Monday, January 23, 2017

intellectual property for song writers



Intellectual Property for Song Writers

*Written by Tony Joett - a celebrated Tanzanian vocal coach and newspaper columnist. His "Letters From A Vocal Coach" column is published in Business Times every Friday. He also offers Tutorial Video Clips on YouTube, and recommends High Quality Vocal Improvement Products on Joett Music Blog



If you are a musician or songwriter, and you think you've got what it takes to write great songs for the international market, then it's about time you consider investing in intellectual property. This article will not only aim to expound on the term intellectual property, it will also elaborate on the three reasons why creating music is a perfectly viable business proposition in itself. And then I will tie all of that in with the advantages of learning the basics of singing to expand your musical horizons. So let's begin.

You will probably be wondering why I specifically mentioned 'international market'. The reason is pretty simple. It is for the copyright laws in place that protect your work, and performing rights societies that pay you royalties on your works. That is reason number one for you to, especially, target creating music for markets that protect your musical work and by so doing, your bread and butter. The second reason why intellectual property is key to your success in the music business--even when you do not perform your own songs--is because you get to earn residual income. 

One of the big sources of publishing revenue you'll earn as a songwriter is performance royalties. But an even bigger income stream comes from music publishing in mechanical royalties. In other words, every time a song you've written is manufactured to be sold on CD, downloaded from a digital music retail site, given radio airplay, streamed through services like Spotify, television, film and even played in bars and clubs, you are owed a mechanical royalty.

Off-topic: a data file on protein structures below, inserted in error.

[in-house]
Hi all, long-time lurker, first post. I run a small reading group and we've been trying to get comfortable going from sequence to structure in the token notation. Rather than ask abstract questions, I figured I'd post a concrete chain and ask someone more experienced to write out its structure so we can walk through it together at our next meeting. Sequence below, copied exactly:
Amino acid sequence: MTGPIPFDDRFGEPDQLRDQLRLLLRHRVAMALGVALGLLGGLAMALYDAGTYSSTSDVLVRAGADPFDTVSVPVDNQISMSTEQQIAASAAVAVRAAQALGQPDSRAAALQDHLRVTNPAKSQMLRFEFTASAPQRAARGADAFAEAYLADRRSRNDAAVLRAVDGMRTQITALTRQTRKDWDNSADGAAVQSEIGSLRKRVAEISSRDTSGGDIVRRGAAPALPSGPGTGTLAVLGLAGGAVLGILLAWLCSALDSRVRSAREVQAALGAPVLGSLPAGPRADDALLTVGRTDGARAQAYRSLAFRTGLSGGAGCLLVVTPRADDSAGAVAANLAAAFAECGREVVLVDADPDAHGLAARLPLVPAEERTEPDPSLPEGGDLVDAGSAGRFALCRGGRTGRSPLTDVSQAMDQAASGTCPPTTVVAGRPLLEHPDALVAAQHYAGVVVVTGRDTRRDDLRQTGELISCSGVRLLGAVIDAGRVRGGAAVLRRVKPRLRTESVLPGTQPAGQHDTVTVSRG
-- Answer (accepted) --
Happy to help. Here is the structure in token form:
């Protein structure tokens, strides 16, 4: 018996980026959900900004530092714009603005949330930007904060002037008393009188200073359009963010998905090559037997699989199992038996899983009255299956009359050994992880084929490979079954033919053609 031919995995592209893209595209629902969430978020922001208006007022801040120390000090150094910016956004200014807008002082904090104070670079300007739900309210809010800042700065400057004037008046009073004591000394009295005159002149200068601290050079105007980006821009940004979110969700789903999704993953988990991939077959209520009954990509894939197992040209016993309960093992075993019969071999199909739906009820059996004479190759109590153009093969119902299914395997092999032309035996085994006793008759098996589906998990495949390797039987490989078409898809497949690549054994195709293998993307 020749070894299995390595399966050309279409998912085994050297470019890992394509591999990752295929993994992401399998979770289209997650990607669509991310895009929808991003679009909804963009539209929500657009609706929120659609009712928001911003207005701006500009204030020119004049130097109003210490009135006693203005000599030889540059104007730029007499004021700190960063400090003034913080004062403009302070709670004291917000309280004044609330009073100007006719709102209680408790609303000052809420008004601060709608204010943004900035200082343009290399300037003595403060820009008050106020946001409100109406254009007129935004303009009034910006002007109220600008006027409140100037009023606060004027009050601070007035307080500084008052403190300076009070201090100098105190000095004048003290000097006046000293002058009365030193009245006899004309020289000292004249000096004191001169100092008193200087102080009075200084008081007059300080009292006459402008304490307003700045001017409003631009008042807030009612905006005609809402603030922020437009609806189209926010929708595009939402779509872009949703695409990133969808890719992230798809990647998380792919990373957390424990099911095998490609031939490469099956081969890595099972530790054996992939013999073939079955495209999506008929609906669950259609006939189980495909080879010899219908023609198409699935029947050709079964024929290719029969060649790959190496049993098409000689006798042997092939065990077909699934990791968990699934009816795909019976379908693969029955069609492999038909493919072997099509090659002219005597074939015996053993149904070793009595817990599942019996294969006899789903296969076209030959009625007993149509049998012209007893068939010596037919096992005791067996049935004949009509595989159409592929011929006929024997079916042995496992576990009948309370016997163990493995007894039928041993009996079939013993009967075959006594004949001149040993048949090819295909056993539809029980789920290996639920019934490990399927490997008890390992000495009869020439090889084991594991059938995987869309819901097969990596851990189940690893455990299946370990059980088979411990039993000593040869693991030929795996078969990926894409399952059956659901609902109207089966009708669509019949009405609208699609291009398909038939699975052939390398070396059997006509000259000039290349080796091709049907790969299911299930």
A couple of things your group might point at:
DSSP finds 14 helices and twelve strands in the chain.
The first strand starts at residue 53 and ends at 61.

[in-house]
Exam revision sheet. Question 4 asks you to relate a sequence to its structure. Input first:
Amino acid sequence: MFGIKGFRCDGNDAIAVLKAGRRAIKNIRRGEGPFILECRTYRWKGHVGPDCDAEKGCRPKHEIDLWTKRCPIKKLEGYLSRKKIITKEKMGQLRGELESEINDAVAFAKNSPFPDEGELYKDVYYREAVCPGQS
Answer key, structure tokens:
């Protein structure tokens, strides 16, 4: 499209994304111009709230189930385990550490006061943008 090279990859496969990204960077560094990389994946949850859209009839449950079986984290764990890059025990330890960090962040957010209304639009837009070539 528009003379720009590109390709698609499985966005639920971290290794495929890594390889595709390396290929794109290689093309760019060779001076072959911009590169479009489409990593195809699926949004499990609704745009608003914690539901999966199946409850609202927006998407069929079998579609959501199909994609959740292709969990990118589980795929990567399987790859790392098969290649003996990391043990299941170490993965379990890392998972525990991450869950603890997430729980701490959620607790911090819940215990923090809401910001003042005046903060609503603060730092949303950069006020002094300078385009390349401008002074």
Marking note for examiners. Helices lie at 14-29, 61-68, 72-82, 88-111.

So how does all of this tie-in with the advantages of voice training for songwriters? 

Being a trained singer myself, I can tell you this for nothing: with a trained voice your ability to craft the songs you envision becomes a whole lot easier and helps bring your imagination to life in dimensions way beyond your wildest dreams. I suppose the simplest way to put this is to say, if the magic is in you and your vocal instrument is able to deliver your vision, the sky truly is the limit. An even more brilliant way to explain this is to compare an artist who can only imagine beautiful images but is unable to draw that on canvas, with one who can.

And now here's the third reason for songwriters to invest in intellectual property. Not everybody is of the ideal age or visual appearance to make it as an artist, but that doesn't mean you should give up on your dreams. Writing great songs for other artists is another, perhaps more subtle way, to a splendid income doing what you love best, creating music. I hope this article has helped shed light on what else you can do to achieve your dreams in the music business.




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